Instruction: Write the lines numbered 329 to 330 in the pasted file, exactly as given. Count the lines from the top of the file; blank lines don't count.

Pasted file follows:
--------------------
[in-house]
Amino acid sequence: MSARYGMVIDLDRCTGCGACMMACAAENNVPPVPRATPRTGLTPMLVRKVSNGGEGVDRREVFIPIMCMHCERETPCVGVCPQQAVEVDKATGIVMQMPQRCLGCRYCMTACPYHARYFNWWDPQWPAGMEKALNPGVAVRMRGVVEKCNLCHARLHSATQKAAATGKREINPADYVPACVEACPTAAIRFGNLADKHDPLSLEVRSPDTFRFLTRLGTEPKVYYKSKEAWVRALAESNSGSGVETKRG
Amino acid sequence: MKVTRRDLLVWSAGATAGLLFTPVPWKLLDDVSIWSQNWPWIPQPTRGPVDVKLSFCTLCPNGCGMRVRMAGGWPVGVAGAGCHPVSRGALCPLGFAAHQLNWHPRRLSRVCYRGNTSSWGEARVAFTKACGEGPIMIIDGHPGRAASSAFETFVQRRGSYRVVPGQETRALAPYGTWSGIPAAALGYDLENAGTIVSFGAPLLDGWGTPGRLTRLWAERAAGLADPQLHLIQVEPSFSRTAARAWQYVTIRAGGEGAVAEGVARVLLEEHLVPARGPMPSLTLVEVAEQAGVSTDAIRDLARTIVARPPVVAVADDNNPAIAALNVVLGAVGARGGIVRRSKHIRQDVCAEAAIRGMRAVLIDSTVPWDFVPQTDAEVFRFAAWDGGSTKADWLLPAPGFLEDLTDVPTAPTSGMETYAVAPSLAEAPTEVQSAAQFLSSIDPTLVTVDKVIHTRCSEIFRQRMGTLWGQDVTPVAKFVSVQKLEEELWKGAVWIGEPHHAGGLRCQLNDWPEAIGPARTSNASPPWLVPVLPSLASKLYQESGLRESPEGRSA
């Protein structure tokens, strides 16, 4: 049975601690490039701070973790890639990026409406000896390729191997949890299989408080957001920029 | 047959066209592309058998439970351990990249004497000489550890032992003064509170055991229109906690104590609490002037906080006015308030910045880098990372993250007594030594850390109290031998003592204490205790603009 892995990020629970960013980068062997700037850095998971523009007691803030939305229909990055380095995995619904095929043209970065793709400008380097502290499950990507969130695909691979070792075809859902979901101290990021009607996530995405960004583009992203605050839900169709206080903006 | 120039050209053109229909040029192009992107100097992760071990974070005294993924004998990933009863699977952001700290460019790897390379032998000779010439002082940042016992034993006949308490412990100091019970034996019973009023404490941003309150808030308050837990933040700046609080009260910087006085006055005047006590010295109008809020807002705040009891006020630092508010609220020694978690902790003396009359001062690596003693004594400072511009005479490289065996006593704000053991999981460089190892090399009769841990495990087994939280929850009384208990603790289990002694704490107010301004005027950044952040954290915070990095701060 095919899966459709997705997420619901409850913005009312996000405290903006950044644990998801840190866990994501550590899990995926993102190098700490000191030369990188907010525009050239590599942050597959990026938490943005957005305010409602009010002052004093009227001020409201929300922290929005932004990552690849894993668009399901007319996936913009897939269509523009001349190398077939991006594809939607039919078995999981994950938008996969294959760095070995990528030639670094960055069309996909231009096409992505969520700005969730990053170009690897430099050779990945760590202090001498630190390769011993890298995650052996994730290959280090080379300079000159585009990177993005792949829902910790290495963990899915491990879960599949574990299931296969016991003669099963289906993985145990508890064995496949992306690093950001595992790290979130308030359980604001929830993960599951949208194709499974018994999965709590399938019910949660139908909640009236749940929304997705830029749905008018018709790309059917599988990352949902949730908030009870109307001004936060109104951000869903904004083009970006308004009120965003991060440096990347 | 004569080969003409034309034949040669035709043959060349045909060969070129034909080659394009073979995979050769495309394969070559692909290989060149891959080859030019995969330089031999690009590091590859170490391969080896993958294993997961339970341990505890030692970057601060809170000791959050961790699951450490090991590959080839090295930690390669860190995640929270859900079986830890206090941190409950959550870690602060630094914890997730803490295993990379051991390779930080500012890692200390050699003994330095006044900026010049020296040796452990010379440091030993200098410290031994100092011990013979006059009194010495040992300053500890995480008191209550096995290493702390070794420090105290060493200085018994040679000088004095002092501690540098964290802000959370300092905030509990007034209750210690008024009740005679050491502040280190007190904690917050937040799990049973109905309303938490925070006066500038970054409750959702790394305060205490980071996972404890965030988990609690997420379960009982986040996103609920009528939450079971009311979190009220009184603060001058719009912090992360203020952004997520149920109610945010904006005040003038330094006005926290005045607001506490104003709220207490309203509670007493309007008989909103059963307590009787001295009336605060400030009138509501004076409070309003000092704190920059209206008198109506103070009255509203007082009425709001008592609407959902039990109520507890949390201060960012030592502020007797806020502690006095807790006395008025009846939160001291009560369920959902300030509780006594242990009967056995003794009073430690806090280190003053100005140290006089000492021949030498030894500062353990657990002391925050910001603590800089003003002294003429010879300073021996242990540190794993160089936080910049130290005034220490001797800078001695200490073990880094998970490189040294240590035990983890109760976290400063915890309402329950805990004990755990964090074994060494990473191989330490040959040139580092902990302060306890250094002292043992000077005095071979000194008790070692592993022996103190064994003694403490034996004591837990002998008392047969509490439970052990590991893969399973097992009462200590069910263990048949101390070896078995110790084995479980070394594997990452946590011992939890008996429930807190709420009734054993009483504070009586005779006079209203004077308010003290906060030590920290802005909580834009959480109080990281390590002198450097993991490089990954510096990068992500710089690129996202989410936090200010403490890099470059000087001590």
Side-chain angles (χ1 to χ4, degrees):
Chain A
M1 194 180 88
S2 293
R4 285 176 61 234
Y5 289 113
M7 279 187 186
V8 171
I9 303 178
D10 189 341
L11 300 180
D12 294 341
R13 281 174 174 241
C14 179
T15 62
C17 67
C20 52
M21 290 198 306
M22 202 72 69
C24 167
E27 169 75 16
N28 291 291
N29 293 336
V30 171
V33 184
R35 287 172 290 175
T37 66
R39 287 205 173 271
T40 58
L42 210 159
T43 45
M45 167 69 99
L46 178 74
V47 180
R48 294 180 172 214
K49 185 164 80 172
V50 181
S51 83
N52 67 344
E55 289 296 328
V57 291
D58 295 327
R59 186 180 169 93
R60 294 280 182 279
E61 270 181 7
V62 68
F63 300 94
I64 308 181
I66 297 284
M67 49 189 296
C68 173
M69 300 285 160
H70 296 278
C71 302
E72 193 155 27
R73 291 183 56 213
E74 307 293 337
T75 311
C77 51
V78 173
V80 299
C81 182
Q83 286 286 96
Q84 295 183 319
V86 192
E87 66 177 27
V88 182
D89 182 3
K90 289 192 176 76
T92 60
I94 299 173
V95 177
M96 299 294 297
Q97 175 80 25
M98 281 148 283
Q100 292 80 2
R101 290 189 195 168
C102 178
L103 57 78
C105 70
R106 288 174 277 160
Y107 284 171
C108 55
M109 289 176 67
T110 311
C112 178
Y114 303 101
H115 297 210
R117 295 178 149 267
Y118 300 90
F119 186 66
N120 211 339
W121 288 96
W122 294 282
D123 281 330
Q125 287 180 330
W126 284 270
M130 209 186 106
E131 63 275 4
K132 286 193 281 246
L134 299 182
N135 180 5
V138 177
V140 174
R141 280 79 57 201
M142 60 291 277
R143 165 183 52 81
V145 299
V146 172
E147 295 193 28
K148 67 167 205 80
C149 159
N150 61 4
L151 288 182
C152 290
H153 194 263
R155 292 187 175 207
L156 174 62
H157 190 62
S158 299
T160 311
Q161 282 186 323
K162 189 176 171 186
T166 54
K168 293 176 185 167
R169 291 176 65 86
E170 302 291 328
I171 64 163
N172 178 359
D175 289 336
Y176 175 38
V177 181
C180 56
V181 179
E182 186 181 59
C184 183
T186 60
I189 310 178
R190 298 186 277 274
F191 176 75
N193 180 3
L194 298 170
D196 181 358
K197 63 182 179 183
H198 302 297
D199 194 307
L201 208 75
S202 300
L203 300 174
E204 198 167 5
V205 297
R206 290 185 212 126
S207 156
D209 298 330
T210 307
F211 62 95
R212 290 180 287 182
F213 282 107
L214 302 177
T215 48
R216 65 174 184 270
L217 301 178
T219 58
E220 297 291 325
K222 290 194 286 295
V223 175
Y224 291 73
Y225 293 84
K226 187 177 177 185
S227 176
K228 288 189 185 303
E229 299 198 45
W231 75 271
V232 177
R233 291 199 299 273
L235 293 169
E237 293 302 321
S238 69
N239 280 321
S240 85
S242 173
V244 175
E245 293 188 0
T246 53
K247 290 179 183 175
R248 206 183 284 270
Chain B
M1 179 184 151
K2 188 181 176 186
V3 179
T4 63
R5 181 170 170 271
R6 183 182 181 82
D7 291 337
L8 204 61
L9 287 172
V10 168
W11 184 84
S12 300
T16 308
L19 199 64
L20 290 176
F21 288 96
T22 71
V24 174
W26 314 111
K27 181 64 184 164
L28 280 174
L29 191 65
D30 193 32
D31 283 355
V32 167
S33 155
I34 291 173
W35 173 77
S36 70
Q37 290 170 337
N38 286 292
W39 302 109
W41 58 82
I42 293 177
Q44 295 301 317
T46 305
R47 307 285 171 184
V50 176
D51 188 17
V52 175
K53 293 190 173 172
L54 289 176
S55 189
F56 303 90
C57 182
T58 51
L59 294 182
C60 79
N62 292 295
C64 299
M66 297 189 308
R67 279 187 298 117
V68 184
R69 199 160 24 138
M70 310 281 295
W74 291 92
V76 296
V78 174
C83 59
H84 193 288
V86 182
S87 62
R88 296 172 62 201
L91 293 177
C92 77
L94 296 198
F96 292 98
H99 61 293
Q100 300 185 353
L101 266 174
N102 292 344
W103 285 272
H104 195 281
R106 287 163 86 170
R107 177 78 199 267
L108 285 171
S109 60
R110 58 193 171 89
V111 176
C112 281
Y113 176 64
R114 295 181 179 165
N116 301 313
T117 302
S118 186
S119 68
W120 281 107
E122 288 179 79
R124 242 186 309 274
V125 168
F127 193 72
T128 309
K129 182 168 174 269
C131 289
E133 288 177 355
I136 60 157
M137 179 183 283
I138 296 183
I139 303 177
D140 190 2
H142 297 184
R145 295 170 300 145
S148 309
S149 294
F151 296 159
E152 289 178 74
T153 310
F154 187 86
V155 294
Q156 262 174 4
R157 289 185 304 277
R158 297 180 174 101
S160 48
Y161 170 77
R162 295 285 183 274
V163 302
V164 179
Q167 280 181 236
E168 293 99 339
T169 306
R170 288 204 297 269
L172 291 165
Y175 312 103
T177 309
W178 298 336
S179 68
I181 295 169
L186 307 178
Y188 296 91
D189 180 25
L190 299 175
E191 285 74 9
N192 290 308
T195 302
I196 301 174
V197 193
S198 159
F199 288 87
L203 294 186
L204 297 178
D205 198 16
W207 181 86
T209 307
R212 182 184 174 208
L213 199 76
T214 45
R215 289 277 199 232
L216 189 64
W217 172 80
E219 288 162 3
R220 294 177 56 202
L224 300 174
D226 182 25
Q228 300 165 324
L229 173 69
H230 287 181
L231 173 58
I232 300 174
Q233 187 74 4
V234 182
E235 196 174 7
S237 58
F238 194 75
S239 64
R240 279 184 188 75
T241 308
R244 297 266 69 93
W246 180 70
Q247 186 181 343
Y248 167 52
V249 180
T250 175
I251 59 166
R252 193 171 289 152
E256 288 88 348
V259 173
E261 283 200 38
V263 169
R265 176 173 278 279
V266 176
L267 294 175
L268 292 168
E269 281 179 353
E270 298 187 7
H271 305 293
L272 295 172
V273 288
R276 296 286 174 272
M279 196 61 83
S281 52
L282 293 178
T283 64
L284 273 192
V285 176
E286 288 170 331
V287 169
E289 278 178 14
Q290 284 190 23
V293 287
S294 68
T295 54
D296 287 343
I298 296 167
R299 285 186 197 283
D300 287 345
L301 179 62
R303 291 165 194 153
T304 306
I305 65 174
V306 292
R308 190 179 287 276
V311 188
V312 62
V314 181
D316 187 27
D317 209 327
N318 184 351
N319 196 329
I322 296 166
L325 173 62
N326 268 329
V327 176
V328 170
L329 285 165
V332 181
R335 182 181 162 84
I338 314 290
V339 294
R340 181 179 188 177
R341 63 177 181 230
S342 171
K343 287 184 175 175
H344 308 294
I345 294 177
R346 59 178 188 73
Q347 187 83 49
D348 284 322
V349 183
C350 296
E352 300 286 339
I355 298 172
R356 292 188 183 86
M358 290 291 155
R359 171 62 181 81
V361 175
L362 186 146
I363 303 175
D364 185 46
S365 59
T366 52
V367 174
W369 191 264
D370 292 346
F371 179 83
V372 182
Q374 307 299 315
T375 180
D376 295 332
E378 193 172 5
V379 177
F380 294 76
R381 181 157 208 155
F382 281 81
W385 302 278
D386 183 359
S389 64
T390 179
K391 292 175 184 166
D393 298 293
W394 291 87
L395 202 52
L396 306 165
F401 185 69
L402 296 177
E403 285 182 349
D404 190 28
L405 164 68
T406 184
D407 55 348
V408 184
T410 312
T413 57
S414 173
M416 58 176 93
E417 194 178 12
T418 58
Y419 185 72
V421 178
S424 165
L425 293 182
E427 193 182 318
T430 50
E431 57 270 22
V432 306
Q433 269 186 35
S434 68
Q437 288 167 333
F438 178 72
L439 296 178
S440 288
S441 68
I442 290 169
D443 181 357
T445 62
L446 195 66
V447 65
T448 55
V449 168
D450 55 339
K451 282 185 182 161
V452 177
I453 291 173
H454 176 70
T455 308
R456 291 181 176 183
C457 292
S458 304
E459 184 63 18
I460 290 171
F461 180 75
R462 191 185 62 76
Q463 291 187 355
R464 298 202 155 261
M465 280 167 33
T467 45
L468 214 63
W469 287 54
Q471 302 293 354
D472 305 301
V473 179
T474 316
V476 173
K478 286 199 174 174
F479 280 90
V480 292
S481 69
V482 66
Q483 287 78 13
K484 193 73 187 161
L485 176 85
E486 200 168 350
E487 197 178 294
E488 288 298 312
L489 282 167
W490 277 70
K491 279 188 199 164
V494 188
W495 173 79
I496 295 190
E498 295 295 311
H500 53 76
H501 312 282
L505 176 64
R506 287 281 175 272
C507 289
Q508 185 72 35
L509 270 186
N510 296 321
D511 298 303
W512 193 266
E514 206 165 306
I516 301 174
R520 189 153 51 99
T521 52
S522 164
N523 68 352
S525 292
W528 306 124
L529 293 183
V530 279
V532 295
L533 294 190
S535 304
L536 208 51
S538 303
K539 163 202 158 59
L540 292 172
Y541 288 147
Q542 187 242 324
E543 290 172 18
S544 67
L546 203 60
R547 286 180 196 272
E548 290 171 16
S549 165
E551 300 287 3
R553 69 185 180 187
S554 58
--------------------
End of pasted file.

F199 288 87
L203 294 186